There are a lot of early Mothers performances that are just too painful to listen to if you have some kind of discerning ear, Road Tapes #1 contains some examples. It's a valuable CD to have but at the same time it makes it totally clear to me why FZ had to move on from the original Mothers for the same reason that nobody in their right mind wants to hear Rite of Spring played badly.

It's different strokes for different folks. If the early Mothers was like some kind of club for you then no doubt you'd be upset when they split but I believe FZ was a composer above all else and his primary goal was getting his compositions performed accurately.

BTW, given the thread title, my comments above are not examples of why FZ sucked. On the other hand, the way in which he got rid of the original Mothers, as is made clear in Pauline Butcher's book, totally sucked.

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PostPosted: Mon Jul 15, 2013 5:04 pm 
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The MOI almost kicked Frank out for being "a straight". I think he knew he had to move on when he joined them. He used rock n' roll and "the scene" to get what he wanted: MONEY to hire performers to play his music, the way he wanted it played. With eyebrows.

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PostPosted: Mon Sep 23, 2013 6:51 am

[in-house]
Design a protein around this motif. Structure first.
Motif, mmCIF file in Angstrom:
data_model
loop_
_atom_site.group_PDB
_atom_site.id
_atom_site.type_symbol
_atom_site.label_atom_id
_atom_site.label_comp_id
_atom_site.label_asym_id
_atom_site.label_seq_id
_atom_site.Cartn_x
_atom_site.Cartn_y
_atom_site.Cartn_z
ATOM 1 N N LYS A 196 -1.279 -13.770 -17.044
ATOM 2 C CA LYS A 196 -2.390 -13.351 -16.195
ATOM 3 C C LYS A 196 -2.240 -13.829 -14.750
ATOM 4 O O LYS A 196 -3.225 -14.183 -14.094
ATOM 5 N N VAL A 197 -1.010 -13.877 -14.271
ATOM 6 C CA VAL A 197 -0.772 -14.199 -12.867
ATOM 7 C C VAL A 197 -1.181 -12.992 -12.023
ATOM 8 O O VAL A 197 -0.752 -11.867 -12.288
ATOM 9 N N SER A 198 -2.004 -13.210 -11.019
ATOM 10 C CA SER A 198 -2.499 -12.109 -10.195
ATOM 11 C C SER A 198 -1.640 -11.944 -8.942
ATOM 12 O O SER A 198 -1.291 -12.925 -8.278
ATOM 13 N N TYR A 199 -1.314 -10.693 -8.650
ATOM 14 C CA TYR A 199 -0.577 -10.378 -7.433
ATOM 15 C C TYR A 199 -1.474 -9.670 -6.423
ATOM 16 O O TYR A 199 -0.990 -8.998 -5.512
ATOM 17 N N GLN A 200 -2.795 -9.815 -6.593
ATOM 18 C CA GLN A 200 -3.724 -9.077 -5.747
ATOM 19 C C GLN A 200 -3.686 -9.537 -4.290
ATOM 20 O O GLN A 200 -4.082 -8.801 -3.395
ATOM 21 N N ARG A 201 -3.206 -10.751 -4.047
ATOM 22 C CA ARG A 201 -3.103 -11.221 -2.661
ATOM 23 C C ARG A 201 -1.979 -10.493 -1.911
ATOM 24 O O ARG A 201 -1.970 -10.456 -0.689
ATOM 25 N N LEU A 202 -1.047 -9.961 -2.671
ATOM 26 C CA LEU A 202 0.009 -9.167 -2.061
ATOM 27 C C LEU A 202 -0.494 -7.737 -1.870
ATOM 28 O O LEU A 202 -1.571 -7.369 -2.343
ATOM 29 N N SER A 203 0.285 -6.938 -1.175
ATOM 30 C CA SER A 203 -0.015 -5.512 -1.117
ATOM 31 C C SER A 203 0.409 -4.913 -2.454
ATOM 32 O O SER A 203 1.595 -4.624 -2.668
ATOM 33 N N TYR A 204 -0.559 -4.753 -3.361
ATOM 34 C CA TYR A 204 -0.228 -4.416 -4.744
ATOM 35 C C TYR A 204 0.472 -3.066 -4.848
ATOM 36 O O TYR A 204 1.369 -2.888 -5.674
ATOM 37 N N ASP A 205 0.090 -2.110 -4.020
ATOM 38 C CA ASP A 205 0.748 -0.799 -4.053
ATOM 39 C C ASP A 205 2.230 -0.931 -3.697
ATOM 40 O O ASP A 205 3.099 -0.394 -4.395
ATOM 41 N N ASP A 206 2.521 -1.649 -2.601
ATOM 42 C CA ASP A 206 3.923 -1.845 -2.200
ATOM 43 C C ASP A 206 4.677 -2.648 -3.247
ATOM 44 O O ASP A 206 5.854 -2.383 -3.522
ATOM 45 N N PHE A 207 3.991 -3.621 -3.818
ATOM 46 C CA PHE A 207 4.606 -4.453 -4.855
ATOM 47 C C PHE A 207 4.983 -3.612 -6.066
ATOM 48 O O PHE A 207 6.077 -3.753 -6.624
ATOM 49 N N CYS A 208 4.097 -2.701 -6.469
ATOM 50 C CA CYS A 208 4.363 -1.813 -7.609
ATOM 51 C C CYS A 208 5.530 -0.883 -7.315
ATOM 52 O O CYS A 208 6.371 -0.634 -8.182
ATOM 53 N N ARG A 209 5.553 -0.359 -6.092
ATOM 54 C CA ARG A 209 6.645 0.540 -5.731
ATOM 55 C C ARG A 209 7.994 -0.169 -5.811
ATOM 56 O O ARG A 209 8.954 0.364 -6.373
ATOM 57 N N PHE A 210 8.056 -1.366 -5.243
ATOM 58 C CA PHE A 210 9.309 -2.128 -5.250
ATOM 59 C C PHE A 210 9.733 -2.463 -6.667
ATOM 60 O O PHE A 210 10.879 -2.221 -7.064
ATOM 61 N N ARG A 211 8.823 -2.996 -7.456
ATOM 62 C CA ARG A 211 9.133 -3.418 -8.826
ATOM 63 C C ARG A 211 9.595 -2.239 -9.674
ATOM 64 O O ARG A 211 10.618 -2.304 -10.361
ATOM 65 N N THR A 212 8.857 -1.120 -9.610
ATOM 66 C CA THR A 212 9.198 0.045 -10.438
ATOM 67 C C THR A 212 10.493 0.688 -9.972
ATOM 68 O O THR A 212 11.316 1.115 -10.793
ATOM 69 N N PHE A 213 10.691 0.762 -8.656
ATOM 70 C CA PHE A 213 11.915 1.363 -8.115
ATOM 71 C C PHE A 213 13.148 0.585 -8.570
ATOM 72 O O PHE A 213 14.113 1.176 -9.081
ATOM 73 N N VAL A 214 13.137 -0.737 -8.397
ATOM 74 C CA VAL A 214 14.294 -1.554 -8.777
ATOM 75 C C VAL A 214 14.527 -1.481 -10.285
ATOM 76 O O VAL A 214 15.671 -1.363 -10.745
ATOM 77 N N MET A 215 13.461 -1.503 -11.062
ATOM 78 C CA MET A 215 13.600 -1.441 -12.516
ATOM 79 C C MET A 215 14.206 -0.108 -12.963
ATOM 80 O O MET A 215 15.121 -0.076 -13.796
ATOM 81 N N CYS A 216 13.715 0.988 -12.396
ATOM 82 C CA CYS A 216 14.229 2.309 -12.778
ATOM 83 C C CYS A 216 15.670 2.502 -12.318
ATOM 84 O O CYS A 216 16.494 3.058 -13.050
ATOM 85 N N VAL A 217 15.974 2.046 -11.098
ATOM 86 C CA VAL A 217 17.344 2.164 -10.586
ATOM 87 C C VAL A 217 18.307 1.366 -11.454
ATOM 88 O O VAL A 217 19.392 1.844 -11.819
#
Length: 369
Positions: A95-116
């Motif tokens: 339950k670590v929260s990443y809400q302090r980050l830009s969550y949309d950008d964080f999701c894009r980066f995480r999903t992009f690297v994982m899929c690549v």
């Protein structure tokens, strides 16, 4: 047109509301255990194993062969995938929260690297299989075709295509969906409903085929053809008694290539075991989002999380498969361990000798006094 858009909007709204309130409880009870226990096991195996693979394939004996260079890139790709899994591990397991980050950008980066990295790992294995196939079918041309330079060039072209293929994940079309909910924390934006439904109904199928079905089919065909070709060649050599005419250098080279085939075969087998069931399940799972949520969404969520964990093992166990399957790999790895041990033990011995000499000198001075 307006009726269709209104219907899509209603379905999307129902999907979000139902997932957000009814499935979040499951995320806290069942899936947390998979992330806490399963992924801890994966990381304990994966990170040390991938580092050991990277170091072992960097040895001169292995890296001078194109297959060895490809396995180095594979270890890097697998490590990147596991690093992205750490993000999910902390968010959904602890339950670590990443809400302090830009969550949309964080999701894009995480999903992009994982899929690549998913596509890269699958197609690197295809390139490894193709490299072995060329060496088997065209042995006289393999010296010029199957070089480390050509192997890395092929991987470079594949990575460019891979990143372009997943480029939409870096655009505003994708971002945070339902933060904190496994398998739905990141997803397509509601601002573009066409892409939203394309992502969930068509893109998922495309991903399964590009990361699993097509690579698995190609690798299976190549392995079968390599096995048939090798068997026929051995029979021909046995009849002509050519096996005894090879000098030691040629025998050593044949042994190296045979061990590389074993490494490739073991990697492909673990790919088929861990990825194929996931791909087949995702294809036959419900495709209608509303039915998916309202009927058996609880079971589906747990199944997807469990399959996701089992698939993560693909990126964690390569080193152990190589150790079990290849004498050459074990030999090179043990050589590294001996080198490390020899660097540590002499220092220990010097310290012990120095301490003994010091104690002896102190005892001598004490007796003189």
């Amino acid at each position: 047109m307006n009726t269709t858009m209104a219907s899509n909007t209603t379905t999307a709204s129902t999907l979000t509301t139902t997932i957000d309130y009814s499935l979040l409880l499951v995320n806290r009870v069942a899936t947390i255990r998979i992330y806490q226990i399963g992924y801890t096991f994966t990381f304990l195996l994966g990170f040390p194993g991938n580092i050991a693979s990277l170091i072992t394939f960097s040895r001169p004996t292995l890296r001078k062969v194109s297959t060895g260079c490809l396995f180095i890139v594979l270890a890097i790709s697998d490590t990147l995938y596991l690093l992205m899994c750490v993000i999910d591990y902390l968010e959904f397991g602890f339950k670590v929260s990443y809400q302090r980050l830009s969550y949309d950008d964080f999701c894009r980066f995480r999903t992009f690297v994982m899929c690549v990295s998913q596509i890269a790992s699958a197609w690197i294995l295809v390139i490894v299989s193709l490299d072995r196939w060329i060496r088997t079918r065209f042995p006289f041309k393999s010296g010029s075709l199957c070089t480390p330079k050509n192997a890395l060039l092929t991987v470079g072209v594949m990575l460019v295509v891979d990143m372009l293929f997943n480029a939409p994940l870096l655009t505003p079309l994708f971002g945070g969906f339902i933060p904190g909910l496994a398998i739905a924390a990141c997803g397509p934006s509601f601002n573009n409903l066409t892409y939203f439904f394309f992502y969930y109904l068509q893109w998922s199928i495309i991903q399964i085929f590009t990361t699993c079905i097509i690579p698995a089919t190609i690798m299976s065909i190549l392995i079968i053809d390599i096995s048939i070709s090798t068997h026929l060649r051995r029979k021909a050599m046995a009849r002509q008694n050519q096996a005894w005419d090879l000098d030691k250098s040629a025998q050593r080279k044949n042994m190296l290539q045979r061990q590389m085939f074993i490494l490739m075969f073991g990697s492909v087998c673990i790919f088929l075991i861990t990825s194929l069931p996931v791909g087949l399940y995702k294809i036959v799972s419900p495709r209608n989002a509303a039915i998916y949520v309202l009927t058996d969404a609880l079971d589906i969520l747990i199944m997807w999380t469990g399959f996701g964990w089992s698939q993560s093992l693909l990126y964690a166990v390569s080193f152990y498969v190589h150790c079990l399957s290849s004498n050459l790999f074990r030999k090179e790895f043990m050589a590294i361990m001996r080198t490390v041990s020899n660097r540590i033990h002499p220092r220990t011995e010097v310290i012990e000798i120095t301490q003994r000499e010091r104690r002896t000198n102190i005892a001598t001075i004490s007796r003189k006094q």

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Who started this fucking thread??


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PostPosted: Mon Sep 23, 2013 11:42 am 
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polydigm wrote:
Playing a piece accurately (a polished performance) includes playing with an appropriate level of eyebrows and there's a big difference between that and struggling to play accurately - the key ingredient is the composition itself and FZ was always going to be frustrated until he was able to command the attention of highly skilled musicians.

There are a lot of early Mothers performances that are just too painful to listen to if you have some kind of discerning ear, Road Tapes #1 contains some examples. It's a valuable CD to have but at the same time it makes it totally clear to me why FZ had to move on from the original Mothers for the same reason that nobody in their right mind wants to hear Rite of Spring played badly.


True. Even so, part of me does wish to hear what the 1968 attempt to record "Envelopes" would've sounded like with Ian's RMI piano and Art Tripp's percussive backdrop, instead of the more established and session musicianly musicianship of Tommy Mars, Chad Wackerman et al. I definitely like the late sixties overall musicianship more than anything after 1975. I know this probably sounds like heresy, but to my mind, there's not a single live incarnation of "Peaches En Regalia" that matches the colourful "Hot Rats" take. They all either lack the same tone colours that are lovable about the original (as on Fillmore East) and/or are simply rendered as technical/virtuosic showoffs (like the TTR take), all flash and no feeling.

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PostPosted: Mon Sep 23, 2013 10:44 pm 
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Ed Organus Maximus wrote:
there's not a single live incarnation of "Peaches En Regalia" that matches the colourful "Hot Rats" take.


I know. And when he has a keyboard play what was previously a guitar part it always disappoints me. More the tone than anything.

Ed Organus Maximus wrote:
I definitely like the late sixties overall musicianship more than anything after 1975.


Zappa stopped playing with his peers.